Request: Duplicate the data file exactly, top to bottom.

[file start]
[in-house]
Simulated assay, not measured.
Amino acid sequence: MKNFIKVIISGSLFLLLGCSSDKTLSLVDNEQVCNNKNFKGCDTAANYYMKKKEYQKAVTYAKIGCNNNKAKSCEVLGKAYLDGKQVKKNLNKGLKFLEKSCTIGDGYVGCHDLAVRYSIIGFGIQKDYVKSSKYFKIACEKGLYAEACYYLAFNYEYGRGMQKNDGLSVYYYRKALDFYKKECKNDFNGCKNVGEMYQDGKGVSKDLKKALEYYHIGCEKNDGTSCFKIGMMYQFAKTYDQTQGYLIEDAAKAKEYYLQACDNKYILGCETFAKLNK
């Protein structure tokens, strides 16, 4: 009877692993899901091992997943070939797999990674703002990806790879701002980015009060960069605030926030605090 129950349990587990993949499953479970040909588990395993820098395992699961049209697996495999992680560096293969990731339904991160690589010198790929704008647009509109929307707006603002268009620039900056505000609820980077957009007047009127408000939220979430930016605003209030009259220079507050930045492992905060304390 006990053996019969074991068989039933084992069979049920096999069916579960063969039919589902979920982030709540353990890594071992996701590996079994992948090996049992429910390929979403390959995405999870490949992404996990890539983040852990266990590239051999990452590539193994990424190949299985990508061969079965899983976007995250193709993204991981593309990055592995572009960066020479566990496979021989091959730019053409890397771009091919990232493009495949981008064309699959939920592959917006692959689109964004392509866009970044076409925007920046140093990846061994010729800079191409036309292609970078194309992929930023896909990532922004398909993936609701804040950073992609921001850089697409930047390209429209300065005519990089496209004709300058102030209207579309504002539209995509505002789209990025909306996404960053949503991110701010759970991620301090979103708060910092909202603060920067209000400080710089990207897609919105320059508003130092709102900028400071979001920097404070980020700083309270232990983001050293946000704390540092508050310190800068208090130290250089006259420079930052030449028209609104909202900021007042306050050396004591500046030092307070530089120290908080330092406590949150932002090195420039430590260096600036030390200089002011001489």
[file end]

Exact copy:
[in-house]
Simulated assay, not measured.
Amino acid sequence: MKNFIKVIISGSLFLLLGCSSDKTLSLVDNEQVCNNKNFKGCDTAANYYMKKKEYQKAVTYAKIGCNNNKAKSCEVLGKAYLDGKQVKKNLNKGLKFLEKSCTIGDGYVGCHDLAVRYSIIGFGIQKDYVKSSKYFKIACEKGLYAEACYYLAFNYEYGRGMQKNDGLSVYYYRKALDFYKKECKNDFNGCKNVGEMYQDGKGVSKDLKKALEYYHIGCEKNDGTSCFKIGMMYQFAKTYDQTQGYLIEDAAKAKEYYLQACDNKYILGCETFAKLNK
């Protein structure tokens, strides 16, 4: 009877692993899901091992997943070939797999990674703002990806790879701002980015009060960069605030926030605090 129950349990587990993949499953479970040909588990395993820098395992699961049209697996495999992680560096293969990731339904991160690589010198790929704008647009509109929307707006603002268009620039900056505000609820980077957009007047009127408000939220979430930016605003209030009259220079507050930045492992905060304390 006990053996019969074991068989039933084992069979049920096999069916579960063969039919589902979920982030709540353990890594071992996701590996079994992948090996049992429910390929979403390959995405999870490949992404996990890539983040852990266990590239051999990452590539193994990424190949299985990508061969079965899983976007995250193709993204991981593309990055592995572009960066020479566990496979021989091959730019053409890397771009091919990232493009495949981008064309699959939920592959917006692959689109964004392509866009970044076409925007920046140093990846061994010729800079191409036309292609970078194309992929930023896909990532922004398909993936609701804040950073992609921001850089697409930047390209429209300065005519990089496209004709300058102030209207579309504002539209995509505002789209990025909306996404960053949503991110701010759970991620301090979103708060910092909202603060920067209000400080710089990207897609919105320059508003130092709102900028400071979001920097404070980020700083309270232990983001050293946000704390540092508050310190800068208090130290250089006259420079930052030449028209609104909202900021007042306050050396004591500046030092307070530089120290908080330092406590949150932002090195420039430590260096600036030390200089002011001489």